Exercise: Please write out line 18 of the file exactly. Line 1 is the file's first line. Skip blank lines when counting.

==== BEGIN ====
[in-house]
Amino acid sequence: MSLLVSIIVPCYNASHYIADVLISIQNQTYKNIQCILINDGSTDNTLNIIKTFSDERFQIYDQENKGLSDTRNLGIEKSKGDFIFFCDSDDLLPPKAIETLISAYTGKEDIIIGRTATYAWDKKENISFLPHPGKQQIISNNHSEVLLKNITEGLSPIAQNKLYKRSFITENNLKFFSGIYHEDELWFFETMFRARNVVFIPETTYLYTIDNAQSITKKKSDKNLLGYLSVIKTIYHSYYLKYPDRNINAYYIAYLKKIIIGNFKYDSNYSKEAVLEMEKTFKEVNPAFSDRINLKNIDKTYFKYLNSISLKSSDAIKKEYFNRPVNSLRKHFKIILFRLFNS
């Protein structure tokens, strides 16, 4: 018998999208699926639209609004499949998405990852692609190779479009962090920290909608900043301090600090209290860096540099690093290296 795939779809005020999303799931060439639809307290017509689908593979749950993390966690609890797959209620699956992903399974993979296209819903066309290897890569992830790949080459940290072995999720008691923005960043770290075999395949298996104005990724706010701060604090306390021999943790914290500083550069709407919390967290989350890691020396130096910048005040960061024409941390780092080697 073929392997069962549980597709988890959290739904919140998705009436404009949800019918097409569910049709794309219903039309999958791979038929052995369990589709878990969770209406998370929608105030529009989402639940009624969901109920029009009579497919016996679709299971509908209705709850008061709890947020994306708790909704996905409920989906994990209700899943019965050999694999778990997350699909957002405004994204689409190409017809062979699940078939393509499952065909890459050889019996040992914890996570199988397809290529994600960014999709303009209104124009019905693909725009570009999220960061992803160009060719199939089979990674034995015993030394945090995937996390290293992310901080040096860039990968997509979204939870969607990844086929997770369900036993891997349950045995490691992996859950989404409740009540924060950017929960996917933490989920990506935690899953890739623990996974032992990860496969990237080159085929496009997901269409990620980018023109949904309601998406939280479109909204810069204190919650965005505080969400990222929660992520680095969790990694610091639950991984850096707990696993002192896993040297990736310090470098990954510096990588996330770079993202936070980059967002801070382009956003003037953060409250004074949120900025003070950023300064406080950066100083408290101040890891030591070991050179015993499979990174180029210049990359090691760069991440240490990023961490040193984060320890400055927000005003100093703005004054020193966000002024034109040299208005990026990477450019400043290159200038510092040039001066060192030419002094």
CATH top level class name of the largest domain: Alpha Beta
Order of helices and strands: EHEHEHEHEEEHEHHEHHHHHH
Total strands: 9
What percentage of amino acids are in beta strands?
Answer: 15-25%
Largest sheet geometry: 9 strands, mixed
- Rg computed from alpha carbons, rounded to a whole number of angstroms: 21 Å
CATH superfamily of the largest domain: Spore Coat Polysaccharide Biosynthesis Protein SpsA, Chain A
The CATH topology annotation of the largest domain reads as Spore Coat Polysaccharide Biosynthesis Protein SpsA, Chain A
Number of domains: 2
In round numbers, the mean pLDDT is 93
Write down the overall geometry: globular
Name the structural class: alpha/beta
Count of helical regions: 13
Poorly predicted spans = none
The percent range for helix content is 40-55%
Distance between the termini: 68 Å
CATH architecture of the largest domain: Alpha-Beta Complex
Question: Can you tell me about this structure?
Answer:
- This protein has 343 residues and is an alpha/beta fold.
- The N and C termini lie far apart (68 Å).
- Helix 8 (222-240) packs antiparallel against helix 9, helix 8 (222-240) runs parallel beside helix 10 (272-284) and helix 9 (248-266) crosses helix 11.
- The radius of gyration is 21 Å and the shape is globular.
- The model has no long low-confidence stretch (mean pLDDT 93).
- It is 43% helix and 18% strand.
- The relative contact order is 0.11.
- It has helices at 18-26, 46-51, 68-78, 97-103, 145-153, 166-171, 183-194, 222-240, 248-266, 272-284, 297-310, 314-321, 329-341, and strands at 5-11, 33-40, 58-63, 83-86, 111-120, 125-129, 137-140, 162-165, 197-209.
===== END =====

Poorly predicted spans = none